In 1953, Nelli debuted at the Metropolitan Opera, with which she appeared until 1961. She was seen in Aida (conducted by Renato Cellini), La forza del destino, Il trovatore, Cavalleria rusticana, Andrea Chénier, Un ballo in maschera (with Marian Anderson, conducted by Dimitri Mitropoulos) and Mozart's Don Giovanni (as Donna Anna, her only Mozart role). With the Met, she toured to Boston, Philadelphia, Cleveland, Atlanta, Dallas, Toronto and Minneapolis.
The soprano appeared in Mexico City, at the Palacio de Bellas Artes, in 1953, starring in Il trovatore and Norma.
Herva Nelli was also heard at the Cincinnati Opera many times between 1953 and 1956: Aida, La traviata (as Violetta Valéry, opposite John Alexander, and conducted by Anton Coppola), Andrea Chénier, Un ballo in maschera and Puccini's Madama Butterfly (as Cio-Cio-San, conducted by Nicola Rescigno). The soprano was also seen with the Pittsburgh Opera (Un ballo in maschera, 1955), San Francisco's Cosmopolitan Opera (Il trovatore, 1956), Lyric Opera of Chicago (Il trovatore, with Jussi Björling and Ettore Bastianini, 1956), Tulsa Opera (Aida, 1956) and Opera Guild of Miami (Un ballo in maschera, with Richard Tucker, 1959). Upon her 1951 return to the City Opera, Howard Taubman wrote of her in The New York Times: "Mme Nelli's voice is of grand size and range, and when she has it under control it has quality and character. Her pianissimo singing can be lovely, indeed. But she has a tendency to force and drive her tone until it loses its natural beauty."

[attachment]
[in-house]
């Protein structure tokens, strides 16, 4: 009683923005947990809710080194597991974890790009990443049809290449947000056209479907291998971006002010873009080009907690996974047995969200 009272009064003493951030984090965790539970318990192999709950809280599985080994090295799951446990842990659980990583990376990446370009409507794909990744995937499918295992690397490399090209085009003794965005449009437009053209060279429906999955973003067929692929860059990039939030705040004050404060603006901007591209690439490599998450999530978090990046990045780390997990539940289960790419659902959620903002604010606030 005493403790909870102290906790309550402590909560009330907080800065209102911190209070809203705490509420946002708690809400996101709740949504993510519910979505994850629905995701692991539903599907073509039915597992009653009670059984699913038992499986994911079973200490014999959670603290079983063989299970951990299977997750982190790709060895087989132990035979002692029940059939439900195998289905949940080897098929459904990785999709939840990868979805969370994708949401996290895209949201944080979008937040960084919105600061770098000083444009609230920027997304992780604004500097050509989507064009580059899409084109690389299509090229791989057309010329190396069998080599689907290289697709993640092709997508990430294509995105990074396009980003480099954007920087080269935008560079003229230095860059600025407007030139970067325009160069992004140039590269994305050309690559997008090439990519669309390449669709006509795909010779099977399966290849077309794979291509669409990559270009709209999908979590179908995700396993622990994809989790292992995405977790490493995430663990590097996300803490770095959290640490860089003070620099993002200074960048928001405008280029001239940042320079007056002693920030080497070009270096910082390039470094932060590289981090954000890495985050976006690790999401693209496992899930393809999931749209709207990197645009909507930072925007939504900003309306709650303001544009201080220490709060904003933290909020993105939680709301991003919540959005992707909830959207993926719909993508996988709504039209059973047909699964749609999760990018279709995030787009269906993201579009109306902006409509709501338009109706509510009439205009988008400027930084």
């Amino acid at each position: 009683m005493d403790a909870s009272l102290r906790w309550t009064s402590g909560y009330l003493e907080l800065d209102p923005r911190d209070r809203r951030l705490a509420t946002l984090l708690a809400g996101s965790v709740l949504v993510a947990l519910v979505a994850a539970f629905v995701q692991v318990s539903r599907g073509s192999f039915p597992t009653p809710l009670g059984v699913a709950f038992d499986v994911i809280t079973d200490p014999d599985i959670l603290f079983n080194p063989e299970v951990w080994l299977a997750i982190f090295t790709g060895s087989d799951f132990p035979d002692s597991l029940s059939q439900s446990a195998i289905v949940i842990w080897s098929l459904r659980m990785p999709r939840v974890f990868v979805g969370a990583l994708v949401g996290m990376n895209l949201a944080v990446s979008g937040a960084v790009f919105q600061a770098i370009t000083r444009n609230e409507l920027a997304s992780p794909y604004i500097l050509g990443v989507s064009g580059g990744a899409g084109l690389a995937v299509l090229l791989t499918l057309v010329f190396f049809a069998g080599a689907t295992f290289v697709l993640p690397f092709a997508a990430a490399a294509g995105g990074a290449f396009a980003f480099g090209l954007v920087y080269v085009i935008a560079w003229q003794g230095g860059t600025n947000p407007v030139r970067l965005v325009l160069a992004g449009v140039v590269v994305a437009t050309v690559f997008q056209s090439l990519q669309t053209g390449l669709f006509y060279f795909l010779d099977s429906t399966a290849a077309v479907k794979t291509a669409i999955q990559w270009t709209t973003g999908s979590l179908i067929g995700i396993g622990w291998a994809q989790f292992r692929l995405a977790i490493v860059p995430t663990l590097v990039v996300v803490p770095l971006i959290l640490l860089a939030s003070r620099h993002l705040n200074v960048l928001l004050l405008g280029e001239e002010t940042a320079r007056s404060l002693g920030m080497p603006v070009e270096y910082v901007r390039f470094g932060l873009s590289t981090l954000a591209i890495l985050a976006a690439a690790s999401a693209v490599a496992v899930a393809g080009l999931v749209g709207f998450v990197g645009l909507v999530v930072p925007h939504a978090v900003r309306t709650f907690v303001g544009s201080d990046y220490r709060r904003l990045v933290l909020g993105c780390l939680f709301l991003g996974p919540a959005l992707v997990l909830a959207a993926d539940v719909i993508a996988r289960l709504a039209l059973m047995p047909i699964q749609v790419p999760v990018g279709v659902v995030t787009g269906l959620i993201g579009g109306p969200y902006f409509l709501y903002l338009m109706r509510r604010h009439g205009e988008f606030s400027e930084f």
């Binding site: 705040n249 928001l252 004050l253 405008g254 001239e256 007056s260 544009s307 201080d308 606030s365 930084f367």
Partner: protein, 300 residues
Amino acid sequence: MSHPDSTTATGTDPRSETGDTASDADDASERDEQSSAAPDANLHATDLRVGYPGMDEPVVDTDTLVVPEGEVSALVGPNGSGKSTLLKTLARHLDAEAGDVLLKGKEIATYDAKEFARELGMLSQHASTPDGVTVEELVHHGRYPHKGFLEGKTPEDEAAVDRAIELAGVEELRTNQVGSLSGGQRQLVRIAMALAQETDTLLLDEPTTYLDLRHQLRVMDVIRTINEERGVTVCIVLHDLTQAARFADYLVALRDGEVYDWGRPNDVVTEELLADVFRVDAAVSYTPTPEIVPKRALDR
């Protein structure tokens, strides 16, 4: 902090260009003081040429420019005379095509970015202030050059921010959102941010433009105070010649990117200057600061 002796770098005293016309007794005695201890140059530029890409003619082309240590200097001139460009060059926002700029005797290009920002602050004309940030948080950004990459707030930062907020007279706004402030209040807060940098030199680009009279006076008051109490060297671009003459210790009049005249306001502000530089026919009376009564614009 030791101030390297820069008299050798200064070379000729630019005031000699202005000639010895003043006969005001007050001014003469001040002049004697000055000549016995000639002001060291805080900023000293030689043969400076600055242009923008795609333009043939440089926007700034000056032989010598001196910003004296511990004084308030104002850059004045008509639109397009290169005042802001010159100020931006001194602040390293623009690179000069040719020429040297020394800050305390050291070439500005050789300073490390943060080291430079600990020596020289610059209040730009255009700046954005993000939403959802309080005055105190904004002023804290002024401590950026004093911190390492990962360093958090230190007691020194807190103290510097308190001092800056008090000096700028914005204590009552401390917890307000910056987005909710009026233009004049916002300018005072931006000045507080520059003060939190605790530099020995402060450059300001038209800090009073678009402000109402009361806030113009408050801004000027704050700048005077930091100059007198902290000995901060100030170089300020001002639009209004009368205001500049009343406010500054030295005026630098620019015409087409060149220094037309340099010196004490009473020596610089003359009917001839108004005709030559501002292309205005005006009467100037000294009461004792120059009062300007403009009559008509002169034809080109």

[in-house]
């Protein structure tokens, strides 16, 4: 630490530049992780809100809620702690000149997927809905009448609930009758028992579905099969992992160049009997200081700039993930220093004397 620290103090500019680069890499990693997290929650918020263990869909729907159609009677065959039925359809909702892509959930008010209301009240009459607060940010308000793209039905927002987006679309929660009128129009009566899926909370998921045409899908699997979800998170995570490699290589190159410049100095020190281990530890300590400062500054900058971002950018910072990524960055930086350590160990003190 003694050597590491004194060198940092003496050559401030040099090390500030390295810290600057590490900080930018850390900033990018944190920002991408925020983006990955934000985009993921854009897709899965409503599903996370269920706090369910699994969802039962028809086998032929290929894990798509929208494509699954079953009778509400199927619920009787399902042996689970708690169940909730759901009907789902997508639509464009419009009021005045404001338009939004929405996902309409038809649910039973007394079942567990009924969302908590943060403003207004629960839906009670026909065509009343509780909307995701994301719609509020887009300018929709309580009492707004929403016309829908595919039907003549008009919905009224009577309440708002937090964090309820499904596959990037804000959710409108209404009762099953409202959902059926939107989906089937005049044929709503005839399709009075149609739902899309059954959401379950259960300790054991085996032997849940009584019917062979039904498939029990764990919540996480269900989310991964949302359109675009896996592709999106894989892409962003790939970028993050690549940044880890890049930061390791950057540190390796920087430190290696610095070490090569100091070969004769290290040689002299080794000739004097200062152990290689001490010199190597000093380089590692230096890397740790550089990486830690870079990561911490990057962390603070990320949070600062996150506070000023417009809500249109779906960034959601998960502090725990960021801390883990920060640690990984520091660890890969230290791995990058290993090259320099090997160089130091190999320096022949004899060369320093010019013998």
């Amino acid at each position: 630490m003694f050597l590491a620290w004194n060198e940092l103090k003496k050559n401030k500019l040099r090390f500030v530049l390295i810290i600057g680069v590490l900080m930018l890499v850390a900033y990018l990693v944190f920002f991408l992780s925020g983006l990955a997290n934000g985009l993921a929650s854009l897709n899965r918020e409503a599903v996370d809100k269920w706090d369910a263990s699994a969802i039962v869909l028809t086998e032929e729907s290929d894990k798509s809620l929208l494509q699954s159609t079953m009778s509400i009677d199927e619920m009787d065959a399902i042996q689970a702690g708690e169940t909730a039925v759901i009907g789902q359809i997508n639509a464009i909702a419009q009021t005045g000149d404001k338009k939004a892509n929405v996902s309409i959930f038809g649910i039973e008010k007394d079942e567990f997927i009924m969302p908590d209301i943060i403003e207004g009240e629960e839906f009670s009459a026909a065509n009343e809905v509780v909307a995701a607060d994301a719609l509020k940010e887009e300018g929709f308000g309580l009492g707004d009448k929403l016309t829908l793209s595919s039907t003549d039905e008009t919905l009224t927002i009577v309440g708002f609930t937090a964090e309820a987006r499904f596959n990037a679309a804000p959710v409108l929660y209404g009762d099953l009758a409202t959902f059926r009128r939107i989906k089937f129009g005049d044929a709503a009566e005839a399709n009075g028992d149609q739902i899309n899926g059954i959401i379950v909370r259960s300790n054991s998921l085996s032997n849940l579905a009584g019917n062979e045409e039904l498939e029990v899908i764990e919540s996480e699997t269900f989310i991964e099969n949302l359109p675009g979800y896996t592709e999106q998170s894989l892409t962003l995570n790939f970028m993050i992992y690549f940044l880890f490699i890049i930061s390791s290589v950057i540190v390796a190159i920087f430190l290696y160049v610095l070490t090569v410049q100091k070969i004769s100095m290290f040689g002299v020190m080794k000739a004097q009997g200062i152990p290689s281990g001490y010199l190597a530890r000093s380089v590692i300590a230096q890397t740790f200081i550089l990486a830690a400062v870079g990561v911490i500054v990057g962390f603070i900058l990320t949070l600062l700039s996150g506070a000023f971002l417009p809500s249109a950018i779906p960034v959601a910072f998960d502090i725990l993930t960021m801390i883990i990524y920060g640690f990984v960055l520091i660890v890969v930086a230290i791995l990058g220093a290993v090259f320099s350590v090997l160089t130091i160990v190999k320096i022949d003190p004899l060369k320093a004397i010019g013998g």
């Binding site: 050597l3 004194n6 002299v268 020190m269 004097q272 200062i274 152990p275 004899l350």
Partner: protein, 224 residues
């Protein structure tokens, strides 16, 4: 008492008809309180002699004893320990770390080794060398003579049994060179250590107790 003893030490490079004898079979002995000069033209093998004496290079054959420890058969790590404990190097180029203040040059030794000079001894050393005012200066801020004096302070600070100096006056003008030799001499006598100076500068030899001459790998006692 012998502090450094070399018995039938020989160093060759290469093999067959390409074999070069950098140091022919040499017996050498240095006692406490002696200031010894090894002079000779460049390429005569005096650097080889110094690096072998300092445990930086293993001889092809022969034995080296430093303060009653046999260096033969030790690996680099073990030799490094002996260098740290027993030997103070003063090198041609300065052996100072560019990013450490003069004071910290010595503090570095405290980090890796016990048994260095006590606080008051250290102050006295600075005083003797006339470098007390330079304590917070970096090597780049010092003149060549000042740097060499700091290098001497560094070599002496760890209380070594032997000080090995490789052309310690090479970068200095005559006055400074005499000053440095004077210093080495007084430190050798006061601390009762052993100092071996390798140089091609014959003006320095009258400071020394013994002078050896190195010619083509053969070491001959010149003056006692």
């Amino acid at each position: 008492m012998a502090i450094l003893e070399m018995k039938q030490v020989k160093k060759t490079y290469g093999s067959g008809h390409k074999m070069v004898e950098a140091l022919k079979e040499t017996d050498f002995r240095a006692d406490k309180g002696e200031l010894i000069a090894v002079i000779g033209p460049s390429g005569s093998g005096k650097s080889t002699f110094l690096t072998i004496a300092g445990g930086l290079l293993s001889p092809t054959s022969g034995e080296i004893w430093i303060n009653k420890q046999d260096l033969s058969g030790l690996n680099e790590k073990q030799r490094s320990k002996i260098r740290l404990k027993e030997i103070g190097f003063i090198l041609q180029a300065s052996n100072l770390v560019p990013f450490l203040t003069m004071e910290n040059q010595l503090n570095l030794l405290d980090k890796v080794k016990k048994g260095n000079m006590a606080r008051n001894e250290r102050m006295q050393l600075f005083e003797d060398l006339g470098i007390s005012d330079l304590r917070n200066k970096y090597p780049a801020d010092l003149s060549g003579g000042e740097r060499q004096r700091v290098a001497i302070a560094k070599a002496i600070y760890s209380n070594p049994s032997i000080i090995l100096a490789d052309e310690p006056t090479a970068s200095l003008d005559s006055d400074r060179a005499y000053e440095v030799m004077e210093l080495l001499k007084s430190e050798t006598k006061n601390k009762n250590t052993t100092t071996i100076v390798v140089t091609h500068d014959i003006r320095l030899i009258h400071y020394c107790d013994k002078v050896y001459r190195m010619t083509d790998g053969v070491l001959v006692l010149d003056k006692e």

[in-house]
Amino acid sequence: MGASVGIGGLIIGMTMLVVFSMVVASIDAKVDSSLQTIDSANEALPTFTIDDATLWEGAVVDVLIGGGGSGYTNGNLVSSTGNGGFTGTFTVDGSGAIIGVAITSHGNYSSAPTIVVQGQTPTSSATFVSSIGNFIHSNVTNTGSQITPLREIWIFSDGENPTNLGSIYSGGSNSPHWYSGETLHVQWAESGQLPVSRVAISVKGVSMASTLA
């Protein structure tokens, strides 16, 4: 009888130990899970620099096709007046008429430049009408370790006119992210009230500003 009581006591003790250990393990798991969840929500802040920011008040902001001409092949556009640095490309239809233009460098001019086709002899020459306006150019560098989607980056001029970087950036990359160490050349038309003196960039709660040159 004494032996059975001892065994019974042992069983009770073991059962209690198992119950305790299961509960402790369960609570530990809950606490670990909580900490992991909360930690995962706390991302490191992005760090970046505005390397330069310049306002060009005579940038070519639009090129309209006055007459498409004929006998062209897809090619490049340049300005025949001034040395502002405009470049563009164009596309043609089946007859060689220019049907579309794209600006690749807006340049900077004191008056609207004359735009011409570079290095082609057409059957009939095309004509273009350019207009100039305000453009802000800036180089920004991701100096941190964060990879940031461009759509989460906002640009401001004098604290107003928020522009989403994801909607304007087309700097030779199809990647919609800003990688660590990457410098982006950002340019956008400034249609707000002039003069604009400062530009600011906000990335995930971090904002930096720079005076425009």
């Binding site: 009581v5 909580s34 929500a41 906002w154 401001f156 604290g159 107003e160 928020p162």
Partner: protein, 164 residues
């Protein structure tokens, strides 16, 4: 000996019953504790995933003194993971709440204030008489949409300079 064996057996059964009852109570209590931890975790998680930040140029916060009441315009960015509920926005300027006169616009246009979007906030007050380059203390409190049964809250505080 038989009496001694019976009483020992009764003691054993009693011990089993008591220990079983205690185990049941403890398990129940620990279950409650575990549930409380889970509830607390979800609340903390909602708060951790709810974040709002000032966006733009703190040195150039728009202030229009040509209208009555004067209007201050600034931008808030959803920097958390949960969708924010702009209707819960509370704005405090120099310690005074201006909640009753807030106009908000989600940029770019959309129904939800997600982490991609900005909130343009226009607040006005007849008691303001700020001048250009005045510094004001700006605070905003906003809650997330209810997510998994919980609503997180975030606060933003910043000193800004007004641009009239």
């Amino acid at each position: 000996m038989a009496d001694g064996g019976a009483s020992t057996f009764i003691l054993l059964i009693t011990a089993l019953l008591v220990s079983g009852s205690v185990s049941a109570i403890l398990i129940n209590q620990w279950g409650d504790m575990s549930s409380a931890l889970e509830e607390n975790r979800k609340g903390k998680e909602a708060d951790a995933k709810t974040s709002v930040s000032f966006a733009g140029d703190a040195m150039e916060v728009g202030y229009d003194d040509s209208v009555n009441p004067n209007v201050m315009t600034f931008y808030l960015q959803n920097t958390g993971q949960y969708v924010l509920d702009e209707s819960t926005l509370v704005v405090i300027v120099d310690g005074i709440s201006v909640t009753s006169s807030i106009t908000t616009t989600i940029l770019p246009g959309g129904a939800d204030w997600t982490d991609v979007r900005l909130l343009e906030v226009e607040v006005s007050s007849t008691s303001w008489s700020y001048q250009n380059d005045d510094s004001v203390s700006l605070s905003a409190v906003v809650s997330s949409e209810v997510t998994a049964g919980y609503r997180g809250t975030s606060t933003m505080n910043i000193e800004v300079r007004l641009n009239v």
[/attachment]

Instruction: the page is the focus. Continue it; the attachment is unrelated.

On September 22, 1956, La Nelli created the role of Bethsheba in the American premiere of Darius Milhaud's David, co-starring Harve Presnell, Mack Harrell, and Giorgio Tozzi, conducted by Izler Solomon, and staged by Harry Horner. It was performed at the Hollywood Bowl, as presented by the Festival of Faith and Freedom Committee of the American Association for Jewish Education.
At the Teatro Colón, in 1958, she was the soprano soloist for Beethoven's Ninth Symphony, conducted by Juan José Castro. In 1960, the soprano sang Aida with the New York Opera Festival touring to Washington, DC.
Among the orchestras with which she sang the Verdi Requiem were the New York Philharmonic (conducted by Guido Cantelli, 1955) and the New Orleans Philharmonic-Symphony Orchestra (1955). The prima donna toured to Colombia, Puerto Rico, Cuba, Mexico and Madeira.
Nelli gave her farewell in April 1962, with the Brooklyn Opera Company, at the Academy of Music, in Norma, conducted by Carlo Moresco. In retirement, she acquired a particular reputation as a chef. In 1985, she appeared in an interview in the documentary "Toscanini: The Maestro," which was telecast over PBS in 1988.
In 2005, reviewing the DVD release of the Concert Version of Aida, Ira Siff, in Opera News, noted that "there is a sense of occasion here, as the eighty-two-year-old Toscanini ... unleashes a performance of immense power. Herva Nelli may not possess a voice of distinctive beauty, but she is committed to the drama and lives every moment through the music. Both of Aida's big arias are handled with care and conviction, the 'O patria mia' particularly nuanced and convincing. Yes, one could wish for a longer, more dolce high C, but her reading of the aria is mesmerizing...."